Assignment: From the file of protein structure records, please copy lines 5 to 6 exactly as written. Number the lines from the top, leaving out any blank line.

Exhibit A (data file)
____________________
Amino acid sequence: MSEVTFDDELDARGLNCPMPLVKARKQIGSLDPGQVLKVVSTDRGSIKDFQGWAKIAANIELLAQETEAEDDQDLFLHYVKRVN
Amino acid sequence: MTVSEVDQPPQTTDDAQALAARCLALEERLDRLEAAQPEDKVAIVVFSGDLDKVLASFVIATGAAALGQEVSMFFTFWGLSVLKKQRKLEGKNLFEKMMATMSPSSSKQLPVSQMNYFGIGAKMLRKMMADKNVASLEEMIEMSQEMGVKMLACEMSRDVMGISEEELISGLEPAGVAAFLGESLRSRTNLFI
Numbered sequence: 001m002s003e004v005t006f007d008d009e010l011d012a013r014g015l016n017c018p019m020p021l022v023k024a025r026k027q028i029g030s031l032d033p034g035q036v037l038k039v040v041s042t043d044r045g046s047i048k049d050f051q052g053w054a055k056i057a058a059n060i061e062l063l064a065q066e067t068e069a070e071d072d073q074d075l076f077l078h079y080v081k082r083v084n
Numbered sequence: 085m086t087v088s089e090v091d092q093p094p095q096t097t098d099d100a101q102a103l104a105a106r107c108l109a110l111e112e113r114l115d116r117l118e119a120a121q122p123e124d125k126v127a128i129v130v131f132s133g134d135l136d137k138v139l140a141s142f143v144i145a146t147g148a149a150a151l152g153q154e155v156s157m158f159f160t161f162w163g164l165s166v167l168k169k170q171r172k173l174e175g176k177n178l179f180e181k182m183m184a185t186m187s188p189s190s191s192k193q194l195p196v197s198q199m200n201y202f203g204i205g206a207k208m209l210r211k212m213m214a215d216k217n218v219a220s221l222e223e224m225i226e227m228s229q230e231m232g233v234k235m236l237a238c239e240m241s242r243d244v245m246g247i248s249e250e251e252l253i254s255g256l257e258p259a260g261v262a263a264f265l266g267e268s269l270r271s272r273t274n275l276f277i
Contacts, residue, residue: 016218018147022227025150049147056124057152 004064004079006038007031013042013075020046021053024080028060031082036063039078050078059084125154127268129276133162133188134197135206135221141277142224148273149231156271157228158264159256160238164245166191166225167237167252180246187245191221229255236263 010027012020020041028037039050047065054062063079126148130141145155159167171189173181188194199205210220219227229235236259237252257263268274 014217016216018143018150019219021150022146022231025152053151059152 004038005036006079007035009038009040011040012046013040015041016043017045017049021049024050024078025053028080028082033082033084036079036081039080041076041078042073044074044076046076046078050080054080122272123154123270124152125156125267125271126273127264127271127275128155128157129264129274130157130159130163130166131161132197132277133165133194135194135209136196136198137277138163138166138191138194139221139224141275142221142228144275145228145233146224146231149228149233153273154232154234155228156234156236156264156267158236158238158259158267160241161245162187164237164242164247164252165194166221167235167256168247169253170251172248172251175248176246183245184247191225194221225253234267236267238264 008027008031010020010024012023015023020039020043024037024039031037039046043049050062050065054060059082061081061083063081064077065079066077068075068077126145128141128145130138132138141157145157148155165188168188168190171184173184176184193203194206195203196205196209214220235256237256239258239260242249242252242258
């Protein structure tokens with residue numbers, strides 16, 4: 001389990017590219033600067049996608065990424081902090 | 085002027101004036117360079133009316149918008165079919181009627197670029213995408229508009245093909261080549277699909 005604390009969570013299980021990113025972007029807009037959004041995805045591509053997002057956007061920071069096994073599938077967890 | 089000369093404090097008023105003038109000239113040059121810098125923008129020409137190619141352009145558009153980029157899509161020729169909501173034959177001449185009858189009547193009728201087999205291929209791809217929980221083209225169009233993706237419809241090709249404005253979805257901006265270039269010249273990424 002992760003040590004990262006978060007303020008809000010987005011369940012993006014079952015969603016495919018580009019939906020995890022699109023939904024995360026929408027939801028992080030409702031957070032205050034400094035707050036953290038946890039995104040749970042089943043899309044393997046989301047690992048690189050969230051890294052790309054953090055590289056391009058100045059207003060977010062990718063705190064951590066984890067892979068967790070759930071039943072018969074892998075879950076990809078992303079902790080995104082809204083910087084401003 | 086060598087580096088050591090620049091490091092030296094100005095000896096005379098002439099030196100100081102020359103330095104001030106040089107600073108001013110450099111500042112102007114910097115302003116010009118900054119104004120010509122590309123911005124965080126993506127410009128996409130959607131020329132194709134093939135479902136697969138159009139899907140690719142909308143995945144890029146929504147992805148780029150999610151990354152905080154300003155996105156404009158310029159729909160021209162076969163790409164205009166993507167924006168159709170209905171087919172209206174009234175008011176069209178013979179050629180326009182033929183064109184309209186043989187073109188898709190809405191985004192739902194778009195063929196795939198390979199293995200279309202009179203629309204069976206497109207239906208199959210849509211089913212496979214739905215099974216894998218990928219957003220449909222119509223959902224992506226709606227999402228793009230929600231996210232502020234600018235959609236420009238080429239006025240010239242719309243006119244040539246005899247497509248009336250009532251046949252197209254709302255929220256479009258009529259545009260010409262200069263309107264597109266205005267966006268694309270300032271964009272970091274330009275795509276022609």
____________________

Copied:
Contacts, residue, residue: 016218018147022227025150049147056124057152 004064004079006038007031013042013075020046021053024080028060031082036063039078050078059084125154127268129276133162133188134197135206135221141277142224148273149231156271157228158264159256160238164245166191166225167237167252180246187245191221229255236263 010027012020020041028037039050047065054062063079126148130141145155159167171189173181188194199205210220219227229235236259237252257263268274 014217016216018143018150019219021150022146022231025152053151059152 004038005036006079007035009038009040011040012046013040015041016043017045017049021049024050024078025053028080028082033082033084036079036081039080041076041078042073044074044076046076046078050080054080122272123154123270124152125156125267125271126273127264127271127275128155128157129264129274130157130159130163130166131161132197132277133165133194135194135209136196136198137277138163138166138191138194139221139224141275142221142228144275145228145233146224146231149228149233153273154232154234155228156234156236156264156267158236158238158259158267160241161245162187164237164242164247164252165194166221167235167256168247169253170251172248172251175248176246183245184247191225194221225253234267236267238264 008027008031010020010024012023015023020039020043024037024039031037039046043049050062050065054060059082061081061083063081064077065079066077068075068077126145128141128145130138132138141157145157148155165188168188168190171184173184176184193203194206195203196205196209214220235256237256239258239260242249242252242258
């Protein structure tokens with residue numbers, strides 16, 4: 001389990017590219033600067049996608065990424081902090 | 085002027101004036117360079133009316149918008165079919181009627197670029213995408229508009245093909261080549277699909 005604390009969570013299980021990113025972007029807009037959004041995805045591509053997002057956007061920071069096994073599938077967890 | 089000369093404090097008023105003038109000239113040059121810098125923008129020409137190619141352009145558009153980029157899509161020729169909501173034959177001449185009858189009547193009728201087999205291929209791809217929980221083209225169009233993706237419809241090709249404005253979805257901006265270039269010249273990424 002992760003040590004990262006978060007303020008809000010987005011369940012993006014079952015969603016495919018580009019939906020995890022699109023939904024995360026929408027939801028992080030409702031957070032205050034400094035707050036953290038946890039995104040749970042089943043899309044393997046989301047690992048690189050969230051890294052790309054953090055590289056391009058100045059207003060977010062990718063705190064951590066984890067892979068967790070759930071039943072018969074892998075879950076990809078992303079902790080995104082809204083910087084401003 | 086060598087580096088050591090620049091490091092030296094100005095000896096005379098002439099030196100100081102020359103330095104001030106040089107600073108001013110450099111500042112102007114910097115302003116010009118900054119104004120010509122590309123911005124965080126993506127410009128996409130959607131020329132194709134093939135479902136697969138159009139899907140690719142909308143995945144890029146929504147992805148780029150999610151990354152905080154300003155996105156404009158310029159729909160021209162076969163790409164205009166993507167924006168159709170209905171087919172209206174009234175008011176069209178013979179050629180326009182033929183064109184309209186043989187073109188898709190809405191985004192739902194778009195063929196795939198390979199293995200279309202009179203629309204069976206497109207239906208199959210849509211089913212496979214739905215099974216894998218990928219957003220449909222119509223959902224992506226709606227999402228793009230929600231996210232502020234600018235959609236420009238080429239006025240010239242719309243006119244040539246005899247497509248009336250009532251046949252197209254709302255929220256479009258009529259545009260010409262200069263309107264597109266205005267966006268694309270300032271964009272970091274330009275795509276022609």